The strop paste does the business: it's a fine abrasive that removes metal, sharpening the cutting edge and polishing. The abrasive is held to hard leather with a slightly soft medium (traditionally, tallow).
In this lesson I'll show you how I make my own strop paste. You only need a small amount! It lasts a very long time. I seem to get through a lot of this stuff because I'm always giving it away to students...
Abrasive: I use any and all fine metal abrasives, and they do want to be as fine as your fine sharpening benchstone. Suitable abrasives would be diamond paste, silver polish, Carborundum powder or grinding paste, and the blocks that are supplied for high-speed honing wheels.
Tallow: is rendered beef or mutton fat, processed from suet, and used in the past for candles and lead working. Tallow can be stored for much longer than suet but is harder to find today. I find suet an adequate substitute for tallow; when the abrasives are added the suet doesn't seem to go off or mouldy. However, do a web search for 'tallow' and you'll find plenty of suppliers.
Leather: thin, glued to plywood; rough side up. For more on strops, see my, Woodcarving Tools, Materials & Equipment, vol. 1
| 22 December 2020 23:21
John - I had a strop with just valve-grinding paste for years and it worked well. The point is, you can throw in any fine abrasive that you've got. Over the years as you make more you'll find the ingredients will change...
| 22 December 2020 18:24
Do I have to put all these ingredients in, or can I
just use say valve grinding paste and tallow?
| 22 September 2020 07:47
Michael - I can't visit the link from the UK for some reason, but it silicon carbide sounds is a good abrasive. Thing is, there's no real science to this; I just throw in all the fine abrasives I can find. The tallow is just there to bind them to the leather. I guess you could have too little abrasive but probably not too much - as long as it sticks!
The test of the strop will be whether you see dark forming on the paste because of metal being abraded from the carving tool. That means it's working. If you don't get much, then you need to boost the abrasive.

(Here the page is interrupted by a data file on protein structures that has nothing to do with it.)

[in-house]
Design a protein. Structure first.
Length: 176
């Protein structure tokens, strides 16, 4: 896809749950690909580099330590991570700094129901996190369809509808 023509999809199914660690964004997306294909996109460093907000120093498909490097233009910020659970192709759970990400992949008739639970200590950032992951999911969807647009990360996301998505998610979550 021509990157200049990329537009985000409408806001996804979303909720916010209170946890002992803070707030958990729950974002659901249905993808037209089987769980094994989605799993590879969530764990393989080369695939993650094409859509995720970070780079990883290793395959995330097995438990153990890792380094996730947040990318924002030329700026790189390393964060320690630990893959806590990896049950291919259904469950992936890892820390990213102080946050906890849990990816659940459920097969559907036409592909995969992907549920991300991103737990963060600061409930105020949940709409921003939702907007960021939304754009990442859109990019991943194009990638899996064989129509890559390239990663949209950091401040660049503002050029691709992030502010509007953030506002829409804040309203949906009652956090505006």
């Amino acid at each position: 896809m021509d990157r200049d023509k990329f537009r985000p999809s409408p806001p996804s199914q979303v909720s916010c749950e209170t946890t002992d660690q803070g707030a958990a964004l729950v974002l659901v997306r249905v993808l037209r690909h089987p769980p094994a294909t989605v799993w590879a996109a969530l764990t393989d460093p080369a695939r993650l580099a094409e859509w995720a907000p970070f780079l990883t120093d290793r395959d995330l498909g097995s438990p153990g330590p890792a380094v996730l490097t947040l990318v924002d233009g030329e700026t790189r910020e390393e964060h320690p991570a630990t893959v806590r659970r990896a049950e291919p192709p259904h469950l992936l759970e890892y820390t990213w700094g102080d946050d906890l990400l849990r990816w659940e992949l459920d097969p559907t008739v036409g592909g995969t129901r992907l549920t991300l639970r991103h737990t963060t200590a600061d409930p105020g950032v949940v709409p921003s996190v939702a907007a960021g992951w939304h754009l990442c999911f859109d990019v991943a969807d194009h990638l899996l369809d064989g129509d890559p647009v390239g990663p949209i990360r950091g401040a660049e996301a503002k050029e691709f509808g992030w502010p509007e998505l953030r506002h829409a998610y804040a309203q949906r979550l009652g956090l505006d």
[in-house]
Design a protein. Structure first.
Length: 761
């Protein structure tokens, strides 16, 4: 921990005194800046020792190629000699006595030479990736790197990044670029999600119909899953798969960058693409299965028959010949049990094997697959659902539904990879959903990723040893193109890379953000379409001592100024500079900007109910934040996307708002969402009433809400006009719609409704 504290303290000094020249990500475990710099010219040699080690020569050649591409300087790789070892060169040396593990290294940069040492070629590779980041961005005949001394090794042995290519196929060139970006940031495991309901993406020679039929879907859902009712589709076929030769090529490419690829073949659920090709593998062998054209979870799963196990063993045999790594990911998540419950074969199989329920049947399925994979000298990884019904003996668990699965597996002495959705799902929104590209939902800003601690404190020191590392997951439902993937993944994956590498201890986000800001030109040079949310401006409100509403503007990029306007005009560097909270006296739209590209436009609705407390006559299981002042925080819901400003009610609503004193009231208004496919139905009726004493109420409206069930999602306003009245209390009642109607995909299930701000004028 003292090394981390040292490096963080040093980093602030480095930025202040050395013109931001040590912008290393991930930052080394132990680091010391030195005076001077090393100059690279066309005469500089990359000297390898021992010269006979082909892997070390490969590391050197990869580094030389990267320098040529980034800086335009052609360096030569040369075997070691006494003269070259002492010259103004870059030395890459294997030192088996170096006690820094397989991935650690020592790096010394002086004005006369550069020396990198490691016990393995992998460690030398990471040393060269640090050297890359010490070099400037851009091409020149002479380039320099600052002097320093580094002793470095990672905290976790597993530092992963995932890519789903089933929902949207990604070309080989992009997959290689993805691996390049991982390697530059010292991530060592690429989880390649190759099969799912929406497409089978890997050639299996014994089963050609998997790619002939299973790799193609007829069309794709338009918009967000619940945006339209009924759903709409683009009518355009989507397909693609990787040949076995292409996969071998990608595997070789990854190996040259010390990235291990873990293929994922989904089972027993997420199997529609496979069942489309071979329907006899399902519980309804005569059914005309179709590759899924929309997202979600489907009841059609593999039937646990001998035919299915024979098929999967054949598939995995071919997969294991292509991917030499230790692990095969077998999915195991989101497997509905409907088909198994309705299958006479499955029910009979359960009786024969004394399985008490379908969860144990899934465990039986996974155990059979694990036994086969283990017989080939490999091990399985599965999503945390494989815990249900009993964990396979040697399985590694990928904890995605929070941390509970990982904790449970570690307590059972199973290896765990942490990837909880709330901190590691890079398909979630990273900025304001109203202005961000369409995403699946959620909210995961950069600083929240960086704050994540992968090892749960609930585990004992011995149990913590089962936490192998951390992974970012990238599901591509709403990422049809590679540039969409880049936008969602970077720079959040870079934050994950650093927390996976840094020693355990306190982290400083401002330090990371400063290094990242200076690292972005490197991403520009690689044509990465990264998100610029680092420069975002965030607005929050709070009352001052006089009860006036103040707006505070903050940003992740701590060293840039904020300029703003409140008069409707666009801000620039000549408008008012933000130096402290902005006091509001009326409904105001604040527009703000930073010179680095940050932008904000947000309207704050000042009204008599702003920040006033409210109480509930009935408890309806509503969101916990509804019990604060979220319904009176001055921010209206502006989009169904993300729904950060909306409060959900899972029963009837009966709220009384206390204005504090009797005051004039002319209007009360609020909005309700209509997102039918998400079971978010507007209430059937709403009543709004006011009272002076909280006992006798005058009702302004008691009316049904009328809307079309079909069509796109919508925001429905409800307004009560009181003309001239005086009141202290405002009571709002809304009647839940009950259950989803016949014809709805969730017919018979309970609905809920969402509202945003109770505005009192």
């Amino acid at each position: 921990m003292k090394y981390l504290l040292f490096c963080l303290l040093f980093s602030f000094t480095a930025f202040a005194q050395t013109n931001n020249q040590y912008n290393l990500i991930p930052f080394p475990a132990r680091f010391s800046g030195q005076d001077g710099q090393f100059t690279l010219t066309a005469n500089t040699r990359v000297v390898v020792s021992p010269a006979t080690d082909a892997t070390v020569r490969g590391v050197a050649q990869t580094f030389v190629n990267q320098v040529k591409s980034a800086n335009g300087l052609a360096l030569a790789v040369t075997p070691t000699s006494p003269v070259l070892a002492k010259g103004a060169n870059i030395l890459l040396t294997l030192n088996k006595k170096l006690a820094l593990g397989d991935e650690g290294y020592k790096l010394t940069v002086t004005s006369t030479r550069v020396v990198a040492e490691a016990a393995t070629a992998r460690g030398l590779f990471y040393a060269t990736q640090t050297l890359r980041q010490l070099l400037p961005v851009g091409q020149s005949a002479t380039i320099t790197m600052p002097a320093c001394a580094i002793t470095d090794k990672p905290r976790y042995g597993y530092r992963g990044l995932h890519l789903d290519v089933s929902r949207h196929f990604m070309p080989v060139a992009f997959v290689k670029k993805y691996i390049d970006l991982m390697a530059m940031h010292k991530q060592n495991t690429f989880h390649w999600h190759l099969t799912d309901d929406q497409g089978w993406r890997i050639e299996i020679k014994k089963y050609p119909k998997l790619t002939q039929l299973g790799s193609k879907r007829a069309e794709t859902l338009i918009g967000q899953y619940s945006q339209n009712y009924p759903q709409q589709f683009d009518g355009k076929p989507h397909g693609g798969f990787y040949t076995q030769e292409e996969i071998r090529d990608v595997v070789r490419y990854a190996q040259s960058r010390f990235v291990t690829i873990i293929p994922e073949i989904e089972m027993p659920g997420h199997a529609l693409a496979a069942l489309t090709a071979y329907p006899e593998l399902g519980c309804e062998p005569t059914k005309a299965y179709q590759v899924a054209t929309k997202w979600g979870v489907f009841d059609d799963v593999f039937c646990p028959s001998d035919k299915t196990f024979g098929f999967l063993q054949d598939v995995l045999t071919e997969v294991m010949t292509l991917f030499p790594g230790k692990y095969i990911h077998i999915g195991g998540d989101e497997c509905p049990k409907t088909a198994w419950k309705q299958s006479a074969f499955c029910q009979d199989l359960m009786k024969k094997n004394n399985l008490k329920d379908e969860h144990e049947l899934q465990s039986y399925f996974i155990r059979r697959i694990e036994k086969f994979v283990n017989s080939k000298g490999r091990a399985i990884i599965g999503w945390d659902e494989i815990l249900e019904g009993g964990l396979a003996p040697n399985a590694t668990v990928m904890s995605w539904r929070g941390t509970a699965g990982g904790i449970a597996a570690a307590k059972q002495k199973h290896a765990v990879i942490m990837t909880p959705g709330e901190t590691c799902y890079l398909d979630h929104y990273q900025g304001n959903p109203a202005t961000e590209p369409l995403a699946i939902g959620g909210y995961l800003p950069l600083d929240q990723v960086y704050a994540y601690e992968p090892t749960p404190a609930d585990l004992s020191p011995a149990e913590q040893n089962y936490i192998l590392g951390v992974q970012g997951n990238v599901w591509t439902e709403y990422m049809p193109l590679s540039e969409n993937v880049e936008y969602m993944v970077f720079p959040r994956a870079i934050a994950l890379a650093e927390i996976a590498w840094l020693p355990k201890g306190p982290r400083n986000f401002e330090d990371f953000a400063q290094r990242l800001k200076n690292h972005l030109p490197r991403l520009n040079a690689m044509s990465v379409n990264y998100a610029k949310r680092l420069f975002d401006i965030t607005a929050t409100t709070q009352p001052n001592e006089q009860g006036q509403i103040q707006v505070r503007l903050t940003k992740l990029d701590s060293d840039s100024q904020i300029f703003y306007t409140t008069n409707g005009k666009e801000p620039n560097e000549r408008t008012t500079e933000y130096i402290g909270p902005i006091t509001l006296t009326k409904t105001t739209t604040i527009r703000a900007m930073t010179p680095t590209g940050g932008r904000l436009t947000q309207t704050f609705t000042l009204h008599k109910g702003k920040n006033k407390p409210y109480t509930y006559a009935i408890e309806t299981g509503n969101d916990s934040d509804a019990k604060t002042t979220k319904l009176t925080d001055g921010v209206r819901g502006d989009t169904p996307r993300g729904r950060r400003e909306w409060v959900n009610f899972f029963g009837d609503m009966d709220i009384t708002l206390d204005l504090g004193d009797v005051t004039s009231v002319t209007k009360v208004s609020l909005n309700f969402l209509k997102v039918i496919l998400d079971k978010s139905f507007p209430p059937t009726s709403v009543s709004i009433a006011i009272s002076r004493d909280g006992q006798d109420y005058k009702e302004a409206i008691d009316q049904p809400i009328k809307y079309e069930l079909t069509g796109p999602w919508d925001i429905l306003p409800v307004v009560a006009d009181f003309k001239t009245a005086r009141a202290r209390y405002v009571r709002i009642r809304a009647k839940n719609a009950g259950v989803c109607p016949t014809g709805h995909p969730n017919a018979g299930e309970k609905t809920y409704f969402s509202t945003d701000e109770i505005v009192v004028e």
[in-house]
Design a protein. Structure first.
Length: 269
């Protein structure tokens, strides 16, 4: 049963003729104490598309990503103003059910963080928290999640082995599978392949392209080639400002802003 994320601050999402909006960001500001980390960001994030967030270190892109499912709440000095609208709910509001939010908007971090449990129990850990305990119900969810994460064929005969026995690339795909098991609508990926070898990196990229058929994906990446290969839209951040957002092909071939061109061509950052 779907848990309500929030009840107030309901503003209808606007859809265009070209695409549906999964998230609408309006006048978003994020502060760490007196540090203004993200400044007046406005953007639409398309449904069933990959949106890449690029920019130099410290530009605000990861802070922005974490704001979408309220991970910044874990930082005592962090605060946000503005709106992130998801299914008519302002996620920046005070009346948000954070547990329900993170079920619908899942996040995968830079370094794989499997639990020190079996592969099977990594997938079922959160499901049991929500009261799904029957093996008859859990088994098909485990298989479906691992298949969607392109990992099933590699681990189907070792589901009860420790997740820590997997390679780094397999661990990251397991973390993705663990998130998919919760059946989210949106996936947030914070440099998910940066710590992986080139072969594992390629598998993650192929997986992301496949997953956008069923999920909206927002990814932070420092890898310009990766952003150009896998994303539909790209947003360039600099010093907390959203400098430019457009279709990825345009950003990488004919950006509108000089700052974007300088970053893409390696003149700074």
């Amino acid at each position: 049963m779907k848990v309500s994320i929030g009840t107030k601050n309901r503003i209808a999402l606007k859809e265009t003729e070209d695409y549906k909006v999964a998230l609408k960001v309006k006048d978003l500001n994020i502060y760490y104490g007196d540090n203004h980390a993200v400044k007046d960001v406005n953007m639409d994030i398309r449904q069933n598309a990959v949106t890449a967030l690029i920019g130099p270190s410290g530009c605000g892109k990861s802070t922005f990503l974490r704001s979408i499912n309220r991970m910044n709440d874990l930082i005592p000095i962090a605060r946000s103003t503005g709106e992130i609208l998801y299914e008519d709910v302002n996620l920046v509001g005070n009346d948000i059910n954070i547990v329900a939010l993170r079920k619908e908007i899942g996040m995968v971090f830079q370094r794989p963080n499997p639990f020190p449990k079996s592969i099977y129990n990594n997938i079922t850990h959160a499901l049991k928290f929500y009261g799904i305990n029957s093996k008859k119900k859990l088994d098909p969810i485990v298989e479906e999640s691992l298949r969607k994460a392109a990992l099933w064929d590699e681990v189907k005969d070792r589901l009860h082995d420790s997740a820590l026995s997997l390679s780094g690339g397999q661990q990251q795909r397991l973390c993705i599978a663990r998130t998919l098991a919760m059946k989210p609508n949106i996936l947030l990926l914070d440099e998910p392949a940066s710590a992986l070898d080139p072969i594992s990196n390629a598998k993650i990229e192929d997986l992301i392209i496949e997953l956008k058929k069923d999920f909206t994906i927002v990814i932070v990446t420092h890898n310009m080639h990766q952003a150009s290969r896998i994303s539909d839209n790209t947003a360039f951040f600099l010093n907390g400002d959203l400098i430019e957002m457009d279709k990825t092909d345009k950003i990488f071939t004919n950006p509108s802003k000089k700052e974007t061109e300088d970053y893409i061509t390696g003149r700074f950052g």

| 21 September 2020 20:03
Chris, would you also use the 2:1 tallow to abrasive ratio if you were using a silicon carbide powder?
Here's an example of what I was considering:
| 08 November 2019 18:09
I really like the stropping paste I made as shown in this lesson.
| 12 February 2019 08:45
For all the vegetarians out there I can confirm that extra virgin coconut oil seems to be a good base. I don't know about longevity and whether it'll go rancid over time but 2 weeks in and it's holding up well.
| 24 December 2018 12:32
David - Yes, sometimes strop 'paste' is more of a block than a paste and, being hard, really won't grip onto the leather well. You should still be able to melt the Tiranti block with a little suet or tallow as I do to soften it, which is all you need to do.
| 23 December 2018 15:36
Chris: I bought Strop Paste from Tiranti, at the same time as a strop, but find it’s very hard and certainly impossible to spread on the leather the way you did in the video.
Any thoughts- or best to abandon and make my own as per your suggested method ?
| 03 June 2017 08:06
David - The strop paste doesn't stick well to shiny leather, so the rougher side is better.
But, yes, you can roughen up the shiny side with sandpaper to get a better grip with the paste. Use sandpaper and finish with a stiff wire brush to get rid of any grit.
| 03 June 2017 05:26
Ha, right out of the gate I've screwed up the instructions. I made 5 strops today but I've got the smooth side of the leather up instead of the rough side. I don't suppose I could use sand paper to roughen it up? I guess the point of having the rough side up is so that the leather will absorb more paste?
| 02 April 2017 19:09